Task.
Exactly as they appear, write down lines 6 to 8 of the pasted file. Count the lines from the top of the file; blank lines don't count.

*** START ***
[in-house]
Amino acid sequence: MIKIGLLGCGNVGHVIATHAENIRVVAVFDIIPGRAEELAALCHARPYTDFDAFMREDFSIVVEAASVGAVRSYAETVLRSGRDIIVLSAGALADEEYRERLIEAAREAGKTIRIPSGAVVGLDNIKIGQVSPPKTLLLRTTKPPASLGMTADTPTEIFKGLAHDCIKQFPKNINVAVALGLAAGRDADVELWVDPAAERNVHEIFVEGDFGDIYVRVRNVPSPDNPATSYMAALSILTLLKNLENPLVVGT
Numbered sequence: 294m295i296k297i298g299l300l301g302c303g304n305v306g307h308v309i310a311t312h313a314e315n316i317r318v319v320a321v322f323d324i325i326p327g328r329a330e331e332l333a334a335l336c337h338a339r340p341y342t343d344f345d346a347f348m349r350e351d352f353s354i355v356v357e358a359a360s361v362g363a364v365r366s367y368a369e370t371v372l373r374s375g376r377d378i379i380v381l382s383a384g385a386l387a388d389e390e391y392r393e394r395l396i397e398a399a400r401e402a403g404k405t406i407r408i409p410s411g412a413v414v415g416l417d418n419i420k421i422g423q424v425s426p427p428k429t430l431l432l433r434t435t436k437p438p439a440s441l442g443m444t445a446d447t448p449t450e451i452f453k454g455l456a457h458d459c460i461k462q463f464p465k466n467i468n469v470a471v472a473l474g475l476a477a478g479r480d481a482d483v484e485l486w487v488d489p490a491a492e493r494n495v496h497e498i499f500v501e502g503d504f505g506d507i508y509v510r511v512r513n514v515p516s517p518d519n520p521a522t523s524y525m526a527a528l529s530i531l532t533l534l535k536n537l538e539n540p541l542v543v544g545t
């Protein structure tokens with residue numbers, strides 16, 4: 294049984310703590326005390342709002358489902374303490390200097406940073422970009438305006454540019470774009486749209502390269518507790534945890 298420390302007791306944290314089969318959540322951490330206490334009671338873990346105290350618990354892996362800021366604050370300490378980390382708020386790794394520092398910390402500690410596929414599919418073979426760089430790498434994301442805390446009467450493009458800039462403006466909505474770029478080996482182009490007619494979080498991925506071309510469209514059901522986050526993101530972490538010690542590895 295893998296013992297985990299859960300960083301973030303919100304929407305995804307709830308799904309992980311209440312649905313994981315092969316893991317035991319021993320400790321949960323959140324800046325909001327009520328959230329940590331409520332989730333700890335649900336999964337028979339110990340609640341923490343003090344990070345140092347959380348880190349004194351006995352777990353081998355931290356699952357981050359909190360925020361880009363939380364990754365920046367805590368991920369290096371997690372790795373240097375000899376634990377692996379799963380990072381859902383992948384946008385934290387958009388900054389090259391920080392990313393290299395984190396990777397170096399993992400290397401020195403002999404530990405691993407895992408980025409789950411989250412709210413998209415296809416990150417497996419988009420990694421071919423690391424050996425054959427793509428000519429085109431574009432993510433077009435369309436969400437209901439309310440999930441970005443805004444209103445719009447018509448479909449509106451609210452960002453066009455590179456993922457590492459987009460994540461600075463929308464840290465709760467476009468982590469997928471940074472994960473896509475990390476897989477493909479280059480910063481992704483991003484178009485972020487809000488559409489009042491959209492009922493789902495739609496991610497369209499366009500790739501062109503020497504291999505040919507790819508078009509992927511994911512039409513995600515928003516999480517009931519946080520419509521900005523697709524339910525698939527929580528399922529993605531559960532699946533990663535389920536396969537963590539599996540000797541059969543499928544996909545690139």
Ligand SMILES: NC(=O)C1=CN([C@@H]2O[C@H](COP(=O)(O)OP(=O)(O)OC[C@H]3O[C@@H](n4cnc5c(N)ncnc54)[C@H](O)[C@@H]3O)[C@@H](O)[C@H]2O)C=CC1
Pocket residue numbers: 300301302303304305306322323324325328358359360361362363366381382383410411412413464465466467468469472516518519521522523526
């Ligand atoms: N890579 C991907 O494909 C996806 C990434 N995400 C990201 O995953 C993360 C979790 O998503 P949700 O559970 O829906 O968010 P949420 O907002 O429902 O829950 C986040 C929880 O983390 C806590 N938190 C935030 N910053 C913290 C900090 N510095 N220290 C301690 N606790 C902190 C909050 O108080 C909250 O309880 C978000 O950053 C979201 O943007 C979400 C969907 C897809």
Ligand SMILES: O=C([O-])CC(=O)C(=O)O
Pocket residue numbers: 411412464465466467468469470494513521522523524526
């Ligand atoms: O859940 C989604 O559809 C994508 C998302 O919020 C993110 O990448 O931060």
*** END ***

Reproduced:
Pocket residue numbers: 300301302303304305306322323324325328358359360361362363366381382383410411412413464465466467468469472516518519521522523526
């Ligand atoms: N890579 C991907 O494909 C996806 C990434 N995400 C990201 O995953 C993360 C979790 O998503 P949700 O559970 O829906 O968010 P949420 O907002 O429902 O829950 C986040 C929880 O983390 C806590 N938190 C935030 N910053 C913290 C900090 N510095 N220290 C301690 N606790 C902190 C909050 O108080 C909250 O309880 C978000 O950053 C979201 O943007 C979400 C969907 C897809």
Ligand SMILES: O=C([O-])CC(=O)C(=O)O